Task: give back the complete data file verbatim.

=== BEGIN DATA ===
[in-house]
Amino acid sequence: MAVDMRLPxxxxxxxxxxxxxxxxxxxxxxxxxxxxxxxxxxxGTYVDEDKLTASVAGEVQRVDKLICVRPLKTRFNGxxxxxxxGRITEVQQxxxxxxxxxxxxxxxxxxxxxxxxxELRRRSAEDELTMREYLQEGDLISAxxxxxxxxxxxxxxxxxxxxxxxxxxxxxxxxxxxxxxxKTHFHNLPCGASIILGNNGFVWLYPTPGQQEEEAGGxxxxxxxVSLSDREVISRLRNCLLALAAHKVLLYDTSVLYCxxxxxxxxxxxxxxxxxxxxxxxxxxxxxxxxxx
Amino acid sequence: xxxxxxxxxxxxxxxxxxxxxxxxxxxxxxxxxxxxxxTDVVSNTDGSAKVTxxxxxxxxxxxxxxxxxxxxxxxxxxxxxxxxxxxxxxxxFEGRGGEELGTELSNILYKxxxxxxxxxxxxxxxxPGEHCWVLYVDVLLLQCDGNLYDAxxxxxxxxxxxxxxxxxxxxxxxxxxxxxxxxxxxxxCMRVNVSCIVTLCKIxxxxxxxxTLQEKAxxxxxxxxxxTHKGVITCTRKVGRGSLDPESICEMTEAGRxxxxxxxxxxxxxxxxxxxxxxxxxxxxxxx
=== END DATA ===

[in-house]
Amino acid sequence: MAVDMRLPxxxxxxxxxxxxxxxxxxxxxxxxxxxxxxxxxxxGTYVDEDKLTASVAGEVQRVDKLICVRPLKTRFNGxxxxxxxGRITEVQQxxxxxxxxxxxxxxxxxxxxxxxxxELRRRSAEDELTMREYLQEGDLISAxxxxxxxxxxxxxxxxxxxxxxxxxxxxxxxxxxxxxxxKTHFHNLPCGASIILGNNGFVWLYPTPGQQEEEAGGxxxxxxxVSLSDREVISRLRNCLLALAAHKVLLYDTSVLYCxxxxxxxxxxxxxxxxxxxxxxxxxxxxxxxxxx
Amino acid sequence: xxxxxxxxxxxxxxxxxxxxxxxxxxxxxxxxxxxxxxTDVVSNTDGSAKVTxxxxxxxxxxxxxxxxxxxxxxxxxxxxxxxxxxxxxxxxFEGRGGEELGTELSNILYKxxxxxxxxxxxxxxxxPGEHCWVLYVDVLLLQCDGNLYDAxxxxxxxxxxxxxxxxxxxxxxxxxxxxxxxxxxxxxCMRVNVSCIVTLCKIxxxxxxxxTLQEKAxxxxxxxxxxTHKGVITCTRKVGRGSLDPESICEMTEAGRxxxxxxxxxxxxxxxxxxxxxxxxxxxxxxx